Sagawa's wealthy father provided a lawyer for his defense, and after being held for two years without trial Sagawa was found legally insane and unfit to stand trial by the French judge Jean-Louis Bruguière, who ordered him held indefinitely in a mental institution. After a visit by the author Inuhiko Yomota, Sagawa's account of the murder was published in Japan under the title In the Fog. Sagawa's subsequent publicity and macabre celebrity likely contributed to the French authorities' decision to have him extradited to Japan. Upon arrival in Japan, he was immediately taken to Matsuzawa hospital, where examining psychologists all found him to be sane, stating that sexual perversion was the sole motivation for the murder. Japanese authorities found it legally impossible to detain him because the French government refused to release court documents (which remain secret) to Japan, claiming that the case had already been dropped in France. As a result, Sagawa checked himself out of the mental institution on August 12, 1986, and has been a free man ever since. Sagawa's freedom has been questioned and criticized by many.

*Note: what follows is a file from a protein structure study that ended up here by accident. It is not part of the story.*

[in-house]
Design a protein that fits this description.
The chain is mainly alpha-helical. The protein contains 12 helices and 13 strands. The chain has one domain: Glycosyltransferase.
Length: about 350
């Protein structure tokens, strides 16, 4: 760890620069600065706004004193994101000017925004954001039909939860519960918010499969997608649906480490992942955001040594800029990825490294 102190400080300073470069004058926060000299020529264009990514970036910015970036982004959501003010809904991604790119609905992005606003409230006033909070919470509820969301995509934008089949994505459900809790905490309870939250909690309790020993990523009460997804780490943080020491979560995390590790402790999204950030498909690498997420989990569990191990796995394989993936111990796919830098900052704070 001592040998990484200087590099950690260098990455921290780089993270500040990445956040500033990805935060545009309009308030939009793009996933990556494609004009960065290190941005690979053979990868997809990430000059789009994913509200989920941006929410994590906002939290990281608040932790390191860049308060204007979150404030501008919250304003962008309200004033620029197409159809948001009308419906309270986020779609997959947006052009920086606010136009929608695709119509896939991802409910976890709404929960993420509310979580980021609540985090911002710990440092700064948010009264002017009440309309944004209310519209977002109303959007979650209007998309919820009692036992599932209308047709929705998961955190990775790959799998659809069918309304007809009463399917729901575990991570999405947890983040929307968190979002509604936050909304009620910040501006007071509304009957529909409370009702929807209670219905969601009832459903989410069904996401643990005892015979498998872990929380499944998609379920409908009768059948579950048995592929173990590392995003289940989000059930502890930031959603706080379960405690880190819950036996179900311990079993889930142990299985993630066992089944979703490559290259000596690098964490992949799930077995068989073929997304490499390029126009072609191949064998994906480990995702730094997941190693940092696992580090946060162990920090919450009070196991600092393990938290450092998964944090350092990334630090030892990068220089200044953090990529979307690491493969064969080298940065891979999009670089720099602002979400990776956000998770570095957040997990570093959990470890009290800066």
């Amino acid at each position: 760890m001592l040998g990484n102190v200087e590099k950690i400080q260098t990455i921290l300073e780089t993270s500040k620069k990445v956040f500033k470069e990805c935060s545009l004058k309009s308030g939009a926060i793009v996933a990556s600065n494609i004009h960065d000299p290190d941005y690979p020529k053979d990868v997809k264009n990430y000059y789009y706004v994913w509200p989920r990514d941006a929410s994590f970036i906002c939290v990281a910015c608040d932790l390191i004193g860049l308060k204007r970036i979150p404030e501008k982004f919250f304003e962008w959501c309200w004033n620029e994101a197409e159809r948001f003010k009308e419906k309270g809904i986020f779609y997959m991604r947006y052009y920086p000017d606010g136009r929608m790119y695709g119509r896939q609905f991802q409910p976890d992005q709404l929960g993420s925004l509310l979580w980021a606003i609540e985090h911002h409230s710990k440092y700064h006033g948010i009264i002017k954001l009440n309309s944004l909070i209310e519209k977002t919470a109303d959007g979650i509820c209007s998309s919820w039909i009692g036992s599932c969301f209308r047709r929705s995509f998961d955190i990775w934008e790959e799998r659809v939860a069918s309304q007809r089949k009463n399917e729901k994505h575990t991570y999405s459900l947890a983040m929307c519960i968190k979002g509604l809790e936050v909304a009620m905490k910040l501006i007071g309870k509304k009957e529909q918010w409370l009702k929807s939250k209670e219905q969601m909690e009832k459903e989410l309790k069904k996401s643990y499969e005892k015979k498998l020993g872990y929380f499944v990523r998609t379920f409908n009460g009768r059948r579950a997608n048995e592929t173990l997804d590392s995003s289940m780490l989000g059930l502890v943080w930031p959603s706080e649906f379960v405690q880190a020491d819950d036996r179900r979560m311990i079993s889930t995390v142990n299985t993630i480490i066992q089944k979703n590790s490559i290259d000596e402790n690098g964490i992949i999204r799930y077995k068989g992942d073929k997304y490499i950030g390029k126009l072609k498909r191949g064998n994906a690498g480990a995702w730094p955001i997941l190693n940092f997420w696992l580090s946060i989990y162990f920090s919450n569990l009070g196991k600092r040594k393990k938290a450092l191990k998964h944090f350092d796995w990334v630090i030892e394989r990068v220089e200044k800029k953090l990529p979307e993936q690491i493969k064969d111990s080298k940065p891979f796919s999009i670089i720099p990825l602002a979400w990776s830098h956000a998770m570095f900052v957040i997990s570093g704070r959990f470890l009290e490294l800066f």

Sagawa now lives in Tokyo and is a minor celebrity in Japan. He was often invited as a guest speaker and commentator between 1986 and 1997. He has also written restaurant reviews for the Japanese magazine Spa. In 1992, he appeared in Hisayasu Sato's exploitation film Uwakizuma: Chijokuzeme (Unfaithful Wife: Shameful Torture) as a sadosexual voyeur.
Along with books about the murder he committed, Sagawa has written Shonen A, a book on the Kobe child murders of 1997, in which a 14-year-old the media called "Seito Sakakibara" and "Boy A" ("Shōnen A") killed and decapitated a child and attacked several others.
Despite this early freelance work, Sagawa can no longer find publishers for his writing and has been rejected from over 500 different places of employment. Each job application requires writing his résumé out in longhand. He was nearly accepted by a French-language school because the manager was impressed by his courage in using his real name, but employees protested and he was rejected. In 2005, Sagawa's parents died. He was prevented from attending their funeral, but he repaid their creditors and moved into public housing. He received welfare for some time but no longer does. In an interview with Vice magazine in 2009, he expressed suicidal thoughts and said that being forced to make a living while being known as a murderer and cannibal was a terrible punishment.